Cost News

David Burke

In the recent case of Heathfield International LLC v Axiom Stone” (London) Ltd [2020] EWHC 1075 (Ch) the 2nd Defendant filed their Costs Budget out of time. They issued an application for relief from sanction and may well have expected to obtain the same in light of the approach to be taken following “Denton” and recent supporting cases such as “Manchester Shipping Ltd v Balfour Worldwide Ltd and another” [2020] EWHC 164 (Comm). However, in a decision which reinforces the fact that the rules are to be followed, HHJ Simon Barker QC refused relief from sanction. He referenced other procedural failings by the 2nd Defendant which, whilst they could be considered small in and of themselves, had a cumulative effect upon the Judge’s decision.

The action arose in a claim brought by the Claimant against the Defendants for a sum in excess of £260,000 allegedly owing for services rendered, plus interest and compensation under the Late Payment of Commercial Debts (Interest) Act 1998 totalling a further £100,000 at the time.

On 20.03.19, the Court issued a proposed Notice of Allocation to the Multi-Track which included a direction that the parties “file and exchange budgets…not later than 21 days before the first case management conference”.

On 07.10.19, a Notice of CCMC was issued for a hearing to be held on 10.12.19. Within the notice it was reiterated that budgets were to be filed in accordance with CPR3.13. As such, budgets were to be filed by 18.11.19 and the Claimant and 1st Defendant duly complied with the deadline as well as undertaking the exchange of Precedent R’s in accordance with the timescales laid out in CPR3. The 2nd Defendant did not engaged in the process. By an order made on 06.12.19, the CCMC of 10.12.19 was vacated and relisted for 30.40.20 to allow extra time in respect of applications the Defendants had made in respect of security for costs.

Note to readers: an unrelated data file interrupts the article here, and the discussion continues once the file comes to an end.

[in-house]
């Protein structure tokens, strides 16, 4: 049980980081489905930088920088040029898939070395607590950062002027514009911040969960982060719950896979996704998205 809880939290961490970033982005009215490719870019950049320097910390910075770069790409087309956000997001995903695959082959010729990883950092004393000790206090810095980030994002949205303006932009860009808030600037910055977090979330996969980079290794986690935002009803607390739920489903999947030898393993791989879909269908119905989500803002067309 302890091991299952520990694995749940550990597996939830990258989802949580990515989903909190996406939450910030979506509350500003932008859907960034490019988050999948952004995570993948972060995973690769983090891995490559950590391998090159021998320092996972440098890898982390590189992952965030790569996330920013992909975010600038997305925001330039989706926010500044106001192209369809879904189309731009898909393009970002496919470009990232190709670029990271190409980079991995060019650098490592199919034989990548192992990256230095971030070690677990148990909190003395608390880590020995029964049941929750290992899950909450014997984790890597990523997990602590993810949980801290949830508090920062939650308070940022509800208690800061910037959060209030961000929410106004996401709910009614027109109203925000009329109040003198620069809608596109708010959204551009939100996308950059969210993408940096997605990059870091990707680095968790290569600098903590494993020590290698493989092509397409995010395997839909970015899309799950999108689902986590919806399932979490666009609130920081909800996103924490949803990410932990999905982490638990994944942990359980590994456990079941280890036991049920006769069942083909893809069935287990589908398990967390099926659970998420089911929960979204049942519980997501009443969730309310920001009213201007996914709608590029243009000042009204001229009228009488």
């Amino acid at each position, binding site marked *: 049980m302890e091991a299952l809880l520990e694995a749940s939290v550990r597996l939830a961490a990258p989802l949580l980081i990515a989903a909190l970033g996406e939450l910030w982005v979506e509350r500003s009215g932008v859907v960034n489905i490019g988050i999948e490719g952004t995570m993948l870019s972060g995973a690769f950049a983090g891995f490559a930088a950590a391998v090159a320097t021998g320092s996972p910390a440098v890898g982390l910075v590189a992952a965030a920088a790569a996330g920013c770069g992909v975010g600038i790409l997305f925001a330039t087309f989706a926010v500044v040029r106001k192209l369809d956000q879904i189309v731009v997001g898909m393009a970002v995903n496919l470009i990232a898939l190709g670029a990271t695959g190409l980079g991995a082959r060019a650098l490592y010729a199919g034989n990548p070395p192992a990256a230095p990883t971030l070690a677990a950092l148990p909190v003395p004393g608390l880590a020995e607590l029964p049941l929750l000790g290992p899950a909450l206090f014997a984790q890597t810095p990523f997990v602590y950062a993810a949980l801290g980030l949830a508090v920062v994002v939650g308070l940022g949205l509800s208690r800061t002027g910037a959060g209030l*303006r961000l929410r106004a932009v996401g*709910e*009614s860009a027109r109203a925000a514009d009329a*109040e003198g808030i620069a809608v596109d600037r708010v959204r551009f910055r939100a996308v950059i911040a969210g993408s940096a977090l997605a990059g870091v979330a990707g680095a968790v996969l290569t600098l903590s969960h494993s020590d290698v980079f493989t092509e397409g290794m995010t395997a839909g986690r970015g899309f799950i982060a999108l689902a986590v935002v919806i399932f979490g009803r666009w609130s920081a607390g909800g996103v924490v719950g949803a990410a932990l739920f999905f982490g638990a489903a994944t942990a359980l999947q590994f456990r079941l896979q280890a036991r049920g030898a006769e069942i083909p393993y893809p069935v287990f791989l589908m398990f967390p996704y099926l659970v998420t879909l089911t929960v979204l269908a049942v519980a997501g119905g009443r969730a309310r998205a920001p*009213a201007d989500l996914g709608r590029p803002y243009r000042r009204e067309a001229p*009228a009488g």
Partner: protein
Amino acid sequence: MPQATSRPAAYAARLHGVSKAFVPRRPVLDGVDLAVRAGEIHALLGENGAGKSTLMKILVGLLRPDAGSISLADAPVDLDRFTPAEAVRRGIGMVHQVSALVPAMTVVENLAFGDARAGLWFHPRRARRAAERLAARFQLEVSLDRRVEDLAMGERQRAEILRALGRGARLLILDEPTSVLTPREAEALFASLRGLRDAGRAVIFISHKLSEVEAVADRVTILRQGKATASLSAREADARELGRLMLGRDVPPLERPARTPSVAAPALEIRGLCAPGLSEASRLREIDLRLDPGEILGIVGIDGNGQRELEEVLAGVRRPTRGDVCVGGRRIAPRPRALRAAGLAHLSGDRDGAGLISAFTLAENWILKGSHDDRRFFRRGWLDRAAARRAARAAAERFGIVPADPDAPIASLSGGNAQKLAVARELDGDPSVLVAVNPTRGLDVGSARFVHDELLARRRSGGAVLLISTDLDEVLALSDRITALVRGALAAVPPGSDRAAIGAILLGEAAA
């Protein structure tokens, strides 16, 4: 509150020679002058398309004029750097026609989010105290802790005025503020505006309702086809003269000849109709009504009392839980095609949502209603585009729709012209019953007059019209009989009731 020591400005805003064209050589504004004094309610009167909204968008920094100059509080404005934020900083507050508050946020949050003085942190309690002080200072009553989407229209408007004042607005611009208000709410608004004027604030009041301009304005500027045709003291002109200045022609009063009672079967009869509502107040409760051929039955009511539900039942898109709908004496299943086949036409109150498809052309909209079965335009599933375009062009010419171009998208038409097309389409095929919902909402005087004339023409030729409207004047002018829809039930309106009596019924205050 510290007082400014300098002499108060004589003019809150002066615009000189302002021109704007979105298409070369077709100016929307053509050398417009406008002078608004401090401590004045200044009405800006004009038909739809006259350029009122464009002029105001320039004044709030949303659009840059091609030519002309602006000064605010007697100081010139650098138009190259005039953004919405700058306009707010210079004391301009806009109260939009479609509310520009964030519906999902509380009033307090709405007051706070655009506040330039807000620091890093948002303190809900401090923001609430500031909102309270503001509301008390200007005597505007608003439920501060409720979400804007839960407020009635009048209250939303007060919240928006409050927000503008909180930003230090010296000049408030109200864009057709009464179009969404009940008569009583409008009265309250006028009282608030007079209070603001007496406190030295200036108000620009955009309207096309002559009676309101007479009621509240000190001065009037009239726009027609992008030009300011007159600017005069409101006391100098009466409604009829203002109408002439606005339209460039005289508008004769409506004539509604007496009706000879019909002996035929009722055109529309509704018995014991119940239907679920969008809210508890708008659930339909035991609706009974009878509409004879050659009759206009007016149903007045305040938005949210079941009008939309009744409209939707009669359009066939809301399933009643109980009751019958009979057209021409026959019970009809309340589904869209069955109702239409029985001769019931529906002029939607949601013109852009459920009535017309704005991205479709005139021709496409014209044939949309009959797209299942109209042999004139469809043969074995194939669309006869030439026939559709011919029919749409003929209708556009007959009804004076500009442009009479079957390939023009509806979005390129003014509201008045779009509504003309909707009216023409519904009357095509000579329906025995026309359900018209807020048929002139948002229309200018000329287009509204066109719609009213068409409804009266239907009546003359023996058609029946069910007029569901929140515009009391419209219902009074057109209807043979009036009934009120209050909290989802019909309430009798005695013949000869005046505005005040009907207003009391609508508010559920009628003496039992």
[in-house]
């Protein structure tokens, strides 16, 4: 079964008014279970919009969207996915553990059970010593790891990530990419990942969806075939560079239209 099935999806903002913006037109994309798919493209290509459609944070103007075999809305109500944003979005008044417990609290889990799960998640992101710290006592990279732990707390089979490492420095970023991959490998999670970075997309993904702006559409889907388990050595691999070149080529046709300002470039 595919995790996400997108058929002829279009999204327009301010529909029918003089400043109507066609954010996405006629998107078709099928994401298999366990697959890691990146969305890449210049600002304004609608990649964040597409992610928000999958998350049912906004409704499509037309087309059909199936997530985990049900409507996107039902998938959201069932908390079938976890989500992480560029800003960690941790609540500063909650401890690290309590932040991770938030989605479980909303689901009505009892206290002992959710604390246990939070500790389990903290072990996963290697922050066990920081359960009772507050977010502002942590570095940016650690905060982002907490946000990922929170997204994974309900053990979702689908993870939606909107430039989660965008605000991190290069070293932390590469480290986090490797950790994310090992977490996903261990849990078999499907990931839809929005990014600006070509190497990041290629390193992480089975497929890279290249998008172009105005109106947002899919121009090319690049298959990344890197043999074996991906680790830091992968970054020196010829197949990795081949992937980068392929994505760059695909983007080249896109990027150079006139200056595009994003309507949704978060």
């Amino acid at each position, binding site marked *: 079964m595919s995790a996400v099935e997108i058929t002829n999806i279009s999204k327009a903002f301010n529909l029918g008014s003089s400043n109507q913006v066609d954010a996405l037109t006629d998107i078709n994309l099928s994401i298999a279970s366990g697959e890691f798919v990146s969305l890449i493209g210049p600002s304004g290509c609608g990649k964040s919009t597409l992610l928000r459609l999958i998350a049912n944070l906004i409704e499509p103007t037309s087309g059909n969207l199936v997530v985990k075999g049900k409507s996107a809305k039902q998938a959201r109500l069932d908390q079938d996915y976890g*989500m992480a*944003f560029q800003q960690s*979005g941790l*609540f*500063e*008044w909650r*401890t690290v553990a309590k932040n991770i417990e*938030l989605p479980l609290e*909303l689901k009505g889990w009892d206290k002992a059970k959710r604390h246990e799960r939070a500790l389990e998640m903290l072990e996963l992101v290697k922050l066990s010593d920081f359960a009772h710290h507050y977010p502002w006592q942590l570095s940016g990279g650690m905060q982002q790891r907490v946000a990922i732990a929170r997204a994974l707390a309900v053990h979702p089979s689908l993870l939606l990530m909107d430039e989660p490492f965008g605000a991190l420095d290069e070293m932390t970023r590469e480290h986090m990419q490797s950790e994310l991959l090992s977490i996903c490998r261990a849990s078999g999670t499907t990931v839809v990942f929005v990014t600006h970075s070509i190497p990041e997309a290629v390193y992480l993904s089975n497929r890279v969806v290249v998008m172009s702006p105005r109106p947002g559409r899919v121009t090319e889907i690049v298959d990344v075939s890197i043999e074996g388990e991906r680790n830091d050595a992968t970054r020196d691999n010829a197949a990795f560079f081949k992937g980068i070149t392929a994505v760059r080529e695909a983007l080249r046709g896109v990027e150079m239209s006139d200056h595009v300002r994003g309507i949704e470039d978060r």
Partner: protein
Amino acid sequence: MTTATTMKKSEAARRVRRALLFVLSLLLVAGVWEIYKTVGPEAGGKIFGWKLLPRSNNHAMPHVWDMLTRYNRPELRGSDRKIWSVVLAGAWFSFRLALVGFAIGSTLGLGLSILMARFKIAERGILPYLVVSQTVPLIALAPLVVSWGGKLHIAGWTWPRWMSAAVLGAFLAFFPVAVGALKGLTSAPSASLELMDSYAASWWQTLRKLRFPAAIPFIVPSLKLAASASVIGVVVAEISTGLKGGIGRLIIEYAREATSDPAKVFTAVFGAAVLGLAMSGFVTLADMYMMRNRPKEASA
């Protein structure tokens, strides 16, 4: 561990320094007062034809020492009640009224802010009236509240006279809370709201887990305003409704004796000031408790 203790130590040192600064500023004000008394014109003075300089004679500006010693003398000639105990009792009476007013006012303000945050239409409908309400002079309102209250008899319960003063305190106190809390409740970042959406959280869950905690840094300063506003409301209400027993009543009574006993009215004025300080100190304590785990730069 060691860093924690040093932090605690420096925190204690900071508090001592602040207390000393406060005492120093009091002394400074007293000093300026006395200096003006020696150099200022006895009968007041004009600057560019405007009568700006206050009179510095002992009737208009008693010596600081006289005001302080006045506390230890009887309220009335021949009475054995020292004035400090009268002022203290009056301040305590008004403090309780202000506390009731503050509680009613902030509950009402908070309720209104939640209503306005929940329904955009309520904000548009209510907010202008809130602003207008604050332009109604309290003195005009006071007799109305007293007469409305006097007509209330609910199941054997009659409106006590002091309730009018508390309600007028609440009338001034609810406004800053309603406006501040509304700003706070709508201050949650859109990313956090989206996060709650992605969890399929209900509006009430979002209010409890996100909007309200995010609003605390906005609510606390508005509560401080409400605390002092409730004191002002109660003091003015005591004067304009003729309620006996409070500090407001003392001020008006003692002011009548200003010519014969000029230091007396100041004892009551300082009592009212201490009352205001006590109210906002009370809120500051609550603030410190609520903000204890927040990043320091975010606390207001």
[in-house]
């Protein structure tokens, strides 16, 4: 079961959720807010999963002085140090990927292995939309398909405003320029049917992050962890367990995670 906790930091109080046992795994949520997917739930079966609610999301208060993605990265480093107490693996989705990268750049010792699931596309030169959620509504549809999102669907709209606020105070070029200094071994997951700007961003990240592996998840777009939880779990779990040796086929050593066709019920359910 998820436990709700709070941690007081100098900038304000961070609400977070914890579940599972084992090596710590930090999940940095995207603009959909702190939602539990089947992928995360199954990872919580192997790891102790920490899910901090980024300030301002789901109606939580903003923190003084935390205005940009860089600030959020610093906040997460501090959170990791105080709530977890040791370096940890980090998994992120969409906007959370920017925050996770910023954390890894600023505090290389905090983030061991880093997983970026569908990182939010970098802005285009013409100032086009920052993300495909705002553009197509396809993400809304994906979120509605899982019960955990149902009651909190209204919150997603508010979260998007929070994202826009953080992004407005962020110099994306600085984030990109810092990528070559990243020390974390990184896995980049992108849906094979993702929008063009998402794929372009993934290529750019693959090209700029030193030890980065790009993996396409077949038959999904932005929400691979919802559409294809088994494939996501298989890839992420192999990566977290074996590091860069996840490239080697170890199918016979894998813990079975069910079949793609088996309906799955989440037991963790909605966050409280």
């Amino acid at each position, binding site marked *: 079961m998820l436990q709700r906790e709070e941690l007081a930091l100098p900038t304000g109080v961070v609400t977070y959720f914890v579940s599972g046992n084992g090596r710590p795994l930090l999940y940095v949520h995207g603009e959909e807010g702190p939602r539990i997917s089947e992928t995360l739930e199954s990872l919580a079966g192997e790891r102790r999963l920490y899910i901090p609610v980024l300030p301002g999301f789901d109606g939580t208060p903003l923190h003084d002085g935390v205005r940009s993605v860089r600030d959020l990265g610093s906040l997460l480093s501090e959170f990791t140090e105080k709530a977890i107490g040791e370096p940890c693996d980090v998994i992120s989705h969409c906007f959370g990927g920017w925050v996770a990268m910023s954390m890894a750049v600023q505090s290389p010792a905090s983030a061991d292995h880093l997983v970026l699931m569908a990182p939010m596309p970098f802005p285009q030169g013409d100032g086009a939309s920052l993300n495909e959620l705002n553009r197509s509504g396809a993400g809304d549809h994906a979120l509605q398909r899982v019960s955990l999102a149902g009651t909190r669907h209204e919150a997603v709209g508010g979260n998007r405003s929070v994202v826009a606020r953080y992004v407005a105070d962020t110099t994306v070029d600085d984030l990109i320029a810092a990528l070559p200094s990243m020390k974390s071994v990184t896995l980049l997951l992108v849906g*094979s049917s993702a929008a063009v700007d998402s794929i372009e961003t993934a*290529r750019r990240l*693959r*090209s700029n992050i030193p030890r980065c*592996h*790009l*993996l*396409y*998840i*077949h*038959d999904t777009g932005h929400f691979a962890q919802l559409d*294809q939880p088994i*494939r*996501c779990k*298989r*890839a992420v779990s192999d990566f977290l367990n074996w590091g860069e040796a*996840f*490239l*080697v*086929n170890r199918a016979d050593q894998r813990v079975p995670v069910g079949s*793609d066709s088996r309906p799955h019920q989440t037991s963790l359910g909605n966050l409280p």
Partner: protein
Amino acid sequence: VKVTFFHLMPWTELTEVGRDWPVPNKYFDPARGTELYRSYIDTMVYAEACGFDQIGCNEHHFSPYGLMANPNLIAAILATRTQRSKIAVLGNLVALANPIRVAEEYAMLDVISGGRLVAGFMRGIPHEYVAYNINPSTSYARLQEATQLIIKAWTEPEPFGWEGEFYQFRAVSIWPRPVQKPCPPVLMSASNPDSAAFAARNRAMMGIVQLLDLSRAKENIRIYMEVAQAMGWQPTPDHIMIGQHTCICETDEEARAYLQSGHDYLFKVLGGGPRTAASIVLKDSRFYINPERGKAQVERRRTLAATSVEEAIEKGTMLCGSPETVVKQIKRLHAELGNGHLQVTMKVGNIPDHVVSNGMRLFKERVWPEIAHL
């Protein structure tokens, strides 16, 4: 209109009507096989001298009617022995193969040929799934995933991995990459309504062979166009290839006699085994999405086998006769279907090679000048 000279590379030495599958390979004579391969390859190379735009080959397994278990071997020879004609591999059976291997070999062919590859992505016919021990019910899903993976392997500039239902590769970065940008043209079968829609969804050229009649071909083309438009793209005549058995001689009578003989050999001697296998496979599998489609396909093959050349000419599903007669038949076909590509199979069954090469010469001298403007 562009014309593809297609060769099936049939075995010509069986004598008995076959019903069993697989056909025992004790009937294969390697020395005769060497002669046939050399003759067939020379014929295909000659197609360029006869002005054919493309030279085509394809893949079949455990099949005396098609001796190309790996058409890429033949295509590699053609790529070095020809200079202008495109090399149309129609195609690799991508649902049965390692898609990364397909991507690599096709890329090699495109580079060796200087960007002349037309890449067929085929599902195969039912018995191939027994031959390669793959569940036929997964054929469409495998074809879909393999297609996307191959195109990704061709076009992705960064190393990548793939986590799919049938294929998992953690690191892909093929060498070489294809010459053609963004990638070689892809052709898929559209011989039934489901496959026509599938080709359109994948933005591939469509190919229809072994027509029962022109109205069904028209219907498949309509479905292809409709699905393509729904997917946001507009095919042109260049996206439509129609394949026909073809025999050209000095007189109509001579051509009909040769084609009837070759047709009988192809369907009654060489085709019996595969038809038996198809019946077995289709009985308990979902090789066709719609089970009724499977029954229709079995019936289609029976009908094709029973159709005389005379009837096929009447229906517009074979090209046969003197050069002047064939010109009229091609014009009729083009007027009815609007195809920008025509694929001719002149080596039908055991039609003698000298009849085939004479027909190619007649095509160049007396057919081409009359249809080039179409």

The 2nd Defendant contended it had been agreed that the CCMC would be vacated which was the reason that they did not file a budget. This was denied by the Claimant’s solicitors who asserted the agreement to vacate the CCMC was only reached post-18.11.19 hence why the Claimant and 1st Defendant had complied with the order.

In line with the date of the adjourned CCMC, budgets became due by 08.04.20. Both the Claimant and 1st Defendant again complied with the direction. Once again, the 2nd Defendant failed to comply not sending their Budget until 14.04.20. At no stage had the 2nd Defendant sought agreement to an extension nor applied for relief from sanction. Additionally, the budget failed to comply with the latest guidance that all costs up to and including the CCMC should be treated as incurred costs.

In accordance with the Directions Order of 20.04.20, the parties were to file a CCMC bundle by 24.04.20 to include Precedent H Budgets and Precedent R reports in relation to each party’s costs. Both the Claimant and the 1st Defendant complied. The 2nd Defendant failed to file and serve any Precedent R’s to the other parties budgets.

Despite the breaches, no Application for Relief from Sanction was made until 28.04.20 when the 2nd Defendant filed and served an 80 page supplemental bundle by email. In support of the application for relief, the 2nd Defendant’s solicitors had served a statement which utilised the incorrect Statement of Truth. Furthermore, the 2nd Defendant’s Counsel’s Skeleton Argument had been filed late due to her late instruction by the 2nd Defendant.

At the CCMC, the 2nd Defendant’s Counsel’s contention that the decision in “Manchester Shipping Ltd” should apply as it was an analogous case was rejected by HHJ Barker who confirmed that each case should turn on the particular facts of the case.

HHJ Barker found that the 2nd Defendant had shown a “disregard for the rules, practice directions and orders” and rejected the contention that there had been no impact upon the Court or other Court users. Consideration was given to granting a form of hybrid relief however the Court found that the 2nd Defendant’s conduct showed a “persistent failure to engage with the obligation to provide a costs budget and a total failure to engage in discussion of or commentary on opposing parties’ budgets” and even at the CCMC had failed to file a Precedent R. The Court ruled that the 2nd Defendant was to “be treated as having filed a budget comprising only the applicable court fees”.

The decision confirms that each claim must stand on its own merits however it should also stand as a timely reminder that, even in the current situation we all face, that  it is of vital important to ensure compliance with the relevant rules, practice directions and orders.